Such massive endeavors should never be passed on a purely partisan basis, especially when the legislature and the country are so closely divided. Doing so only exacerbates division and political conflict. But progressives are in a hurry precisely because they see their window of opportunity closing. So expect the lies to get even more grotesque, and the political strong arming to become even more thuggish.

If these bills fail, the Republic may have a chance. If they pass, they are likely to seal its doom, for they represent a point of fiscal no return.

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12 Comments »

  1. “There is a “pilot program” to study mileage taxes.”
    Are they unaware of how many governments have nearly been undone by increasing the cost of personal mobility? Blair, Macron, pretty much every government in the Middle East…

    Comment by HibernoFrog — September 30, 2021 @ 2:10 am

  2. Well written!
    What is actually the point of having all those universities (some say the best in the world), institutions et al. if insane decisions like this are possible (and probable) at all?
    serious question…

    Comment by viennacapitalist — September 30, 2021 @ 3:51 am

  3. The other economics blog I follow is Marginal Revolution but it is strangely reticent about economic matters such as this. I suppose you could say that it’s an economics blog for people who aren’t much interested in economics. I have recently chided them for their interest in epidemiology and vaccines and lack of interest in the cost/benefit analysis of lockdowns.

    Comment by dearieme — September 30, 2021 @ 4:58 am

  4. Is mom-and-pop tax evasion such a big thing in the US? There’s me thinking your average American was as honest as the day is long. Still, you shouldn’t necessarily complain about having a few more IRS employees – our tax collectors are so thin on the ground in the UK that it’s nigh on impossible to get an answer to a question, and they don’t seem that bothered if there’s a tax bill outstanding.

    A mileage tax seems a bit onerous. Why not whack a few cents on gas duties or sales taxes? Everyone would moan for a bit then accept it. Again, look on the bright side – at least you have gas at the pumps (another win for Brexit Britain).

    Also, what “exceptional procedural measures”? Sounds, y’know, sort of Trumpian to me.

    @Hiberno: I thought the post ‘08 spike in food prices did for all those Arab states?

    Comment by David Mercer — September 30, 2021 @ 5:56 am

  5. SWP, I can attest to the IRS bubble: they are are expanding their offices outside of the continental states, as we’re told “to bring employment to the islanders”.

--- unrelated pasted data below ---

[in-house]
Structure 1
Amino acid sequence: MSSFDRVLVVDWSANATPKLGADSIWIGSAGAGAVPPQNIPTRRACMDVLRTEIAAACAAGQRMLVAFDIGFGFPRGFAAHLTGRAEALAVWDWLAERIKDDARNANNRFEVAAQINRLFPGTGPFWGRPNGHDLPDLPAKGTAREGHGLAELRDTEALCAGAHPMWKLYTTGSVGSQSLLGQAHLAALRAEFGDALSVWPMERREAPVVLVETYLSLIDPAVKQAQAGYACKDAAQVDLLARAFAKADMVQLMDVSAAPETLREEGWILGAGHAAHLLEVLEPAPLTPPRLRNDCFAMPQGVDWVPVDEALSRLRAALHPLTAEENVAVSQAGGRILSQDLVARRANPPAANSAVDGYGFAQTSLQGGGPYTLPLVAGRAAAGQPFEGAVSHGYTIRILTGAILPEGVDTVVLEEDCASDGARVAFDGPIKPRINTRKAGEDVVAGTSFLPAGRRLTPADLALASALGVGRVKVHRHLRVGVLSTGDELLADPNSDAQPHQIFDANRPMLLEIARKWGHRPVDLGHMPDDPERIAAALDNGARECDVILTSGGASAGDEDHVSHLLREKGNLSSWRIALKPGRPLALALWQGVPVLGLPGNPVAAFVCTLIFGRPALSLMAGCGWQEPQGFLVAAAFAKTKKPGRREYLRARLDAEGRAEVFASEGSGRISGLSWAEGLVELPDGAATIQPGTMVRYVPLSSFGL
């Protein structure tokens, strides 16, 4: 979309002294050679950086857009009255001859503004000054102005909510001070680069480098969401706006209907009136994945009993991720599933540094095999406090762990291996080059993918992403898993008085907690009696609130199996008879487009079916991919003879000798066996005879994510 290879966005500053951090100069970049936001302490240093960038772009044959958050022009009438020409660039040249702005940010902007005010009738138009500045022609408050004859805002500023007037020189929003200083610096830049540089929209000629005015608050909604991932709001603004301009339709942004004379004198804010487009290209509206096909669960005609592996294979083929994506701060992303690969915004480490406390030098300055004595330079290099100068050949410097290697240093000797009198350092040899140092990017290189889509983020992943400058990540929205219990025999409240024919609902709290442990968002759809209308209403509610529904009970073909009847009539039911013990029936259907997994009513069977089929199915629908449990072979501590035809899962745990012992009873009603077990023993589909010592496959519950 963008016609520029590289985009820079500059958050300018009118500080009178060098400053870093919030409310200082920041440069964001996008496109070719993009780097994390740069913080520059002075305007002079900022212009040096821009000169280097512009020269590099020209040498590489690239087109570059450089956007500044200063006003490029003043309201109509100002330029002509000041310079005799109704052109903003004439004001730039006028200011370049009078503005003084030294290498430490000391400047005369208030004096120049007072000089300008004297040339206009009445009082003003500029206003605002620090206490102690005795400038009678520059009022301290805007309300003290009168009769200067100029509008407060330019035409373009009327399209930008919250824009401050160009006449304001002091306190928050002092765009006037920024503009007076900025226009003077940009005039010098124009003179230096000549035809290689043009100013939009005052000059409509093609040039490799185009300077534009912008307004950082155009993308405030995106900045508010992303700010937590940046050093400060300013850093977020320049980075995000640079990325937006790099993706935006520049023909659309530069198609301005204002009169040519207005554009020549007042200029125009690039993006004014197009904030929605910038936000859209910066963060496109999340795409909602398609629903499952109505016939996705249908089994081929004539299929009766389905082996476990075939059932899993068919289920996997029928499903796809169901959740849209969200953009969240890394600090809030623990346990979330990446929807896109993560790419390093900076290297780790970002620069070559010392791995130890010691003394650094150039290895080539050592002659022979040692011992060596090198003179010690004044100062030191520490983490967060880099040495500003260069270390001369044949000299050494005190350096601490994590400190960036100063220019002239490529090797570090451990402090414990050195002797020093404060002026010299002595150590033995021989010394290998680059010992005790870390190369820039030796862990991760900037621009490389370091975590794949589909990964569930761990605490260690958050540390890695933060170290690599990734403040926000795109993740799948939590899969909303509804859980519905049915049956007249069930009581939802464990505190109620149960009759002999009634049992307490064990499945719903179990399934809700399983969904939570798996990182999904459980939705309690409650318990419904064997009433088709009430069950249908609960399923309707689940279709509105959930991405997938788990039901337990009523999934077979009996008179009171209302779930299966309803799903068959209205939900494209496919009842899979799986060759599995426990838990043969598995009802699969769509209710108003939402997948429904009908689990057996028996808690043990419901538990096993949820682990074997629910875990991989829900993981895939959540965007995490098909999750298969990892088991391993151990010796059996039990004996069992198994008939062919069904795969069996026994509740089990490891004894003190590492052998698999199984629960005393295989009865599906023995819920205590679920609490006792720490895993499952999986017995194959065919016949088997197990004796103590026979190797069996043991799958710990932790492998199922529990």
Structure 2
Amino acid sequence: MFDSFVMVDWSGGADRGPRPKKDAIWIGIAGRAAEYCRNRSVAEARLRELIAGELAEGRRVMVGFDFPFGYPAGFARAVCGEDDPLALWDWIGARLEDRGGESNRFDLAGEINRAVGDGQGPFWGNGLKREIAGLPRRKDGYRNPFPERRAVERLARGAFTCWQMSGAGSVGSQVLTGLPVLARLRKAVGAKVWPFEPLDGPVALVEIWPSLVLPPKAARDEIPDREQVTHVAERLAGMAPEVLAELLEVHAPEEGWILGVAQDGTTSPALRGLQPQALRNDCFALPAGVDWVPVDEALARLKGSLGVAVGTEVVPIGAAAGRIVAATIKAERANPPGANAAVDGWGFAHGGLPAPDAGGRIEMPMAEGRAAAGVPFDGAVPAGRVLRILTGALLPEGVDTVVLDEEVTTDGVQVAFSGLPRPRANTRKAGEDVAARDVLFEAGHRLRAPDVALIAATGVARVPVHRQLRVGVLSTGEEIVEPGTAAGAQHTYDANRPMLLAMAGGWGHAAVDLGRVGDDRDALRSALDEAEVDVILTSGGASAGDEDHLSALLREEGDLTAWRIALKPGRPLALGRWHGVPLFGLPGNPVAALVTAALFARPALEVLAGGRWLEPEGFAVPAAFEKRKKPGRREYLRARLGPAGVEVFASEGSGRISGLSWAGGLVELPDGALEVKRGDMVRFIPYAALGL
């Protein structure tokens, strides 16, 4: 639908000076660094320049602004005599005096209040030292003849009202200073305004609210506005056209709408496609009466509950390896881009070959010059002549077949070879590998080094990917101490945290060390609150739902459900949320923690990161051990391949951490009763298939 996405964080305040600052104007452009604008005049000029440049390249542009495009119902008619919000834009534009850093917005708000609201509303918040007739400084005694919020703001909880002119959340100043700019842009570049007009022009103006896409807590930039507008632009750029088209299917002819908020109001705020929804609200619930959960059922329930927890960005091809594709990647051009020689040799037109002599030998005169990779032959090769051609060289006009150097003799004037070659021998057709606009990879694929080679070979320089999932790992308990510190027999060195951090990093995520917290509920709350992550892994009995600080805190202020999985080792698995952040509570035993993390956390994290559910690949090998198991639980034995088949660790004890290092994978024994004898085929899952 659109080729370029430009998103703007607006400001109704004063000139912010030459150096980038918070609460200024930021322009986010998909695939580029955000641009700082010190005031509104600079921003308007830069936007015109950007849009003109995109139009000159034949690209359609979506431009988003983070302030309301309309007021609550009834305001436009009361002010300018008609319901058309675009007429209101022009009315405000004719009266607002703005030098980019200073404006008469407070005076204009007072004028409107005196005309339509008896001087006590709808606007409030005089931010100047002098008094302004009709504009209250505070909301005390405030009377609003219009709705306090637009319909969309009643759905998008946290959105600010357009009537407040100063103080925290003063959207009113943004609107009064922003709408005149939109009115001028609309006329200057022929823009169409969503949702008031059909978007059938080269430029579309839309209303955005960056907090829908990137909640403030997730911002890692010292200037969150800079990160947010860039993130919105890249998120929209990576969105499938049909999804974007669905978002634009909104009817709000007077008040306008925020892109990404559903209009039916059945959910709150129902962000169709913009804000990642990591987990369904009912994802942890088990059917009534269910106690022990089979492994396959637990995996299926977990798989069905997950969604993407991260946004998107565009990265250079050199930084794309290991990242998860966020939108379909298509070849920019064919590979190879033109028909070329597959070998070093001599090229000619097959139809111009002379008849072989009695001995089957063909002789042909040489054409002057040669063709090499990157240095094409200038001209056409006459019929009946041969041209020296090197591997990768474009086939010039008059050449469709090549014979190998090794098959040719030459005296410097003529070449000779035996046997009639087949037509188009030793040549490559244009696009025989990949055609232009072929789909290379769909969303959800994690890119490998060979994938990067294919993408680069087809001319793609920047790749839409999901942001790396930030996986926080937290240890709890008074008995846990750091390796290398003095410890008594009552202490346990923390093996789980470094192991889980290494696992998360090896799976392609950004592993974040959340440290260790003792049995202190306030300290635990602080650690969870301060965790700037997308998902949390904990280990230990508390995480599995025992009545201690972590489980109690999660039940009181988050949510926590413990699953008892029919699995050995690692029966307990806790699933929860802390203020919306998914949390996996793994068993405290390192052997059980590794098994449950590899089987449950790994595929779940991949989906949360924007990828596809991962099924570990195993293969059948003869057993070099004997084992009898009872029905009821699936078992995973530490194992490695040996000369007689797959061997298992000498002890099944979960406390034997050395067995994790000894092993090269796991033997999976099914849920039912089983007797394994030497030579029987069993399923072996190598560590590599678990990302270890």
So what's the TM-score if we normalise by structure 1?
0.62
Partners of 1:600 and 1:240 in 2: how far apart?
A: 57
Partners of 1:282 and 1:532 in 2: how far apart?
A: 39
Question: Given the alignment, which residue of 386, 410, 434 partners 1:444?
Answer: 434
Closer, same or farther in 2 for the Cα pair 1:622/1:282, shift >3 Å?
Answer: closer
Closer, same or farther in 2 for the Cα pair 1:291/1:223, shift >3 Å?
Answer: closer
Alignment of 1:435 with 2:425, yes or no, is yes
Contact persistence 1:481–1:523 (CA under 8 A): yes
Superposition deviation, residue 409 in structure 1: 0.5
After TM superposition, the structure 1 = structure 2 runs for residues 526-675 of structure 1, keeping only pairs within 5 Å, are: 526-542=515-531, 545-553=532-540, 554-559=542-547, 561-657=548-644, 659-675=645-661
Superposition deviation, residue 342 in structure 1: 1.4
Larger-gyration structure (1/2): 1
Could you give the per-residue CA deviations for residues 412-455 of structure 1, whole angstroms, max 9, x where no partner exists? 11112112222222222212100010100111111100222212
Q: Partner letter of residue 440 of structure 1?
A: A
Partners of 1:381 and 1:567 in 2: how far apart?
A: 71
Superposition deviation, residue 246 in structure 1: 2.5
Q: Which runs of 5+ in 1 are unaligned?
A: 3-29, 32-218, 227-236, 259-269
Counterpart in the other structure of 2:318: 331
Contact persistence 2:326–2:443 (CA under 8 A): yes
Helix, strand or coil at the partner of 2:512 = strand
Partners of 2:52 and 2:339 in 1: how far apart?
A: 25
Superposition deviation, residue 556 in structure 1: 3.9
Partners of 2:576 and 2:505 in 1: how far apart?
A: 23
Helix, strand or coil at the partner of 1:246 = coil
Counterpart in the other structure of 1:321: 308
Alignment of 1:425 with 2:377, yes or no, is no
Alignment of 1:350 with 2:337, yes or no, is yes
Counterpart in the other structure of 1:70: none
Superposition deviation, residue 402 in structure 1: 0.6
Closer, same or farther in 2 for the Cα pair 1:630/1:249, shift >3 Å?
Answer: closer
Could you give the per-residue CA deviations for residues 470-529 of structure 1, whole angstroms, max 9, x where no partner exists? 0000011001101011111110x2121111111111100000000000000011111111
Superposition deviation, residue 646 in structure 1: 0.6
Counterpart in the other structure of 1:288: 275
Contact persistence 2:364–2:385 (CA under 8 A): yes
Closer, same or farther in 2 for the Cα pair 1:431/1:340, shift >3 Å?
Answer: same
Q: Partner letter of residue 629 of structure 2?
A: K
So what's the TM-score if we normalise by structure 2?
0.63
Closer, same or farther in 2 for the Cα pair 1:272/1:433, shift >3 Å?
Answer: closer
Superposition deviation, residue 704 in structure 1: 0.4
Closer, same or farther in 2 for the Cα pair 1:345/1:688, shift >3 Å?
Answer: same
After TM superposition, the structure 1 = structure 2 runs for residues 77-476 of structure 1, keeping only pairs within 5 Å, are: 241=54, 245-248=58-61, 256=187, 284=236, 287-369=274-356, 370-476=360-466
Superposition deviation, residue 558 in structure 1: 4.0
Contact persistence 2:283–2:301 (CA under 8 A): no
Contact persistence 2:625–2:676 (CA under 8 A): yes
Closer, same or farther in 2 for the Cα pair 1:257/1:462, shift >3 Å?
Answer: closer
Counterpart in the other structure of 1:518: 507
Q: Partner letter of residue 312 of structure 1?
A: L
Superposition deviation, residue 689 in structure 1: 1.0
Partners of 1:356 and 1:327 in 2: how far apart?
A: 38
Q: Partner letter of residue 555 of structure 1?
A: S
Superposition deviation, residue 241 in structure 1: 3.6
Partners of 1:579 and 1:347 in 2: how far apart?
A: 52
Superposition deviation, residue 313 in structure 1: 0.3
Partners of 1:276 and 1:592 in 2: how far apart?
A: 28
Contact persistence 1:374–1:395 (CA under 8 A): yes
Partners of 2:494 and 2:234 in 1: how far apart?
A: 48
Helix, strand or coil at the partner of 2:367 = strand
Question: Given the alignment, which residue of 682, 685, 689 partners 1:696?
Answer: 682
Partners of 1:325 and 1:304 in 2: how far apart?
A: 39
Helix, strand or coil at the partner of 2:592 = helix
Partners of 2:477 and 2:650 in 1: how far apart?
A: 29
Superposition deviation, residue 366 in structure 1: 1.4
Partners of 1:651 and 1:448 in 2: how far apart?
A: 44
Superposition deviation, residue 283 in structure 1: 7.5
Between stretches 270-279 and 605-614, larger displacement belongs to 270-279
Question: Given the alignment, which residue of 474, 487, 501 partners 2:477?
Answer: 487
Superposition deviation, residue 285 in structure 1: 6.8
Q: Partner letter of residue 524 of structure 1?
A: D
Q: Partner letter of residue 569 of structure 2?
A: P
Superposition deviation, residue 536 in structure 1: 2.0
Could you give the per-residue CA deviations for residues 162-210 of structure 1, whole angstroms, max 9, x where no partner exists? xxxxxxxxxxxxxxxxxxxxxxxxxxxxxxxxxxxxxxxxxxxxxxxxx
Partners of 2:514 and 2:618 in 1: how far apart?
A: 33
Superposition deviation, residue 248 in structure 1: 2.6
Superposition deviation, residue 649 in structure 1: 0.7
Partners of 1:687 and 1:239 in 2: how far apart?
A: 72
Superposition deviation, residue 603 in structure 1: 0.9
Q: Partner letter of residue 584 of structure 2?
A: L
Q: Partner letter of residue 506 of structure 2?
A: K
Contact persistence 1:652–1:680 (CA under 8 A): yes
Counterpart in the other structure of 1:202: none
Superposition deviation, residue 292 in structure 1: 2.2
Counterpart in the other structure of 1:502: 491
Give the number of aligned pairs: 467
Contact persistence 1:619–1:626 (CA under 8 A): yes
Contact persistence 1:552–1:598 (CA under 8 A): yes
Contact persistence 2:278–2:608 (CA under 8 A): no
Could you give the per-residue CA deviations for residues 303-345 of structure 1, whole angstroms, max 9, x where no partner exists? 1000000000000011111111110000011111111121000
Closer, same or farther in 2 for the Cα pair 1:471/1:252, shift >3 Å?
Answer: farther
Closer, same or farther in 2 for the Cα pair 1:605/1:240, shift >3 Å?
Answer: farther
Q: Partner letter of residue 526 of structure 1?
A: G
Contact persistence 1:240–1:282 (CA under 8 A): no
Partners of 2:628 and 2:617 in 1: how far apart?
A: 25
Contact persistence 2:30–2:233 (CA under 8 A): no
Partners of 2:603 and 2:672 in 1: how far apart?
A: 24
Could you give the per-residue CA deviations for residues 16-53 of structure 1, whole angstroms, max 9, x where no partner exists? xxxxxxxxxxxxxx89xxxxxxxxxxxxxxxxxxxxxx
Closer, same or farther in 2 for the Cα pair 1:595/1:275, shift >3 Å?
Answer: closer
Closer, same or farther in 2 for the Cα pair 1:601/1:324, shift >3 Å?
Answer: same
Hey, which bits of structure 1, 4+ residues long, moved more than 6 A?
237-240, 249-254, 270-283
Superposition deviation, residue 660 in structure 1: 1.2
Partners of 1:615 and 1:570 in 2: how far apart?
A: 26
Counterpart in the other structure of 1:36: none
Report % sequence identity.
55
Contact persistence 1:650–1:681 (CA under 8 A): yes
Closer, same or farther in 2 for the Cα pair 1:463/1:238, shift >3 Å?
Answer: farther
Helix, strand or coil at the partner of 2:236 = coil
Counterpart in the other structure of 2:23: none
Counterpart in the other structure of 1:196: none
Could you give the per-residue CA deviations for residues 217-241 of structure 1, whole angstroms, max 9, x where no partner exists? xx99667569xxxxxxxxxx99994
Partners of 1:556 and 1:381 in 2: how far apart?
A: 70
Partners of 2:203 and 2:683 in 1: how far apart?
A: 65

Unable say more due to NDA.

    Comment by Tatyana — September 30, 2021 @ 1:35 pm

  6. at what point does the common man just not pay their taxes? enough do it, they can’t enforce it.

    Comment by Jeffrey Carter — September 30, 2021 @ 8:22 pm

  7. Economics blogs: I beg his pardon, I also follow Tom Wirstall’s. It combines analysis of, for example, tax incidence, with sweary dismissal of fashionable stupidities.

    https://www.timworstall.com

    Comment by dearieme — October 1, 2021 @ 7:35 am

  8. NanXi Palsy said “it’s for the children, the children, the children”

    all I see is proposed massive economic distortion

    oh – but it’s “free” – zero cost!

    taxpayers pay for the Dem GANG – they are not a political party, they are a GANG – to run this country into the ground and below ground level

    Build Back Bullshit

    Comment by elmer — October 2, 2021 @ 8:27 am

  9. ‘you will own nothing, you will rent everything, you will be happy’ social credit vaccine mandates, and carbon taxes, will do the rest,

    Comment by miguel cervantes — October 2, 2021 @ 8:49 am

  10. I thought this was supposed to be about jobs, not carbon footprints and “free college” and a Gestapo IRS

    GOVERNMENT CREATES JOBS LIKE TICKS CREATE BLOOD

    Comment by elmer — October 2, 2021 @ 8:57 am

  11. @dearieme. Tim’s blog is very good. Different style than mine–more quick hits and succinct droll observations, though his profanity and snark are similar to mine.

    MR annoys me. Cowan and Tabarrok are ostensibly libertarian. Alex T arguably is, but Tyler C is an elitist poser who is disturbingly reverent of the ruling class. He’s a big fan of Strauss: maybe he’s being Straussian, but spare me.

    And yes, their COVID posts have been decidedly un-economic in their failure to analyze trade-offs. It’s all vaccine and testing cheerleading. Meh.

    Comment by cpirrong — October 3, 2021 @ 4:48 pm

  12. 6uild 6ack 6etter

    Comment by Joe Waler — October 3, 2021 @ 5:14 pm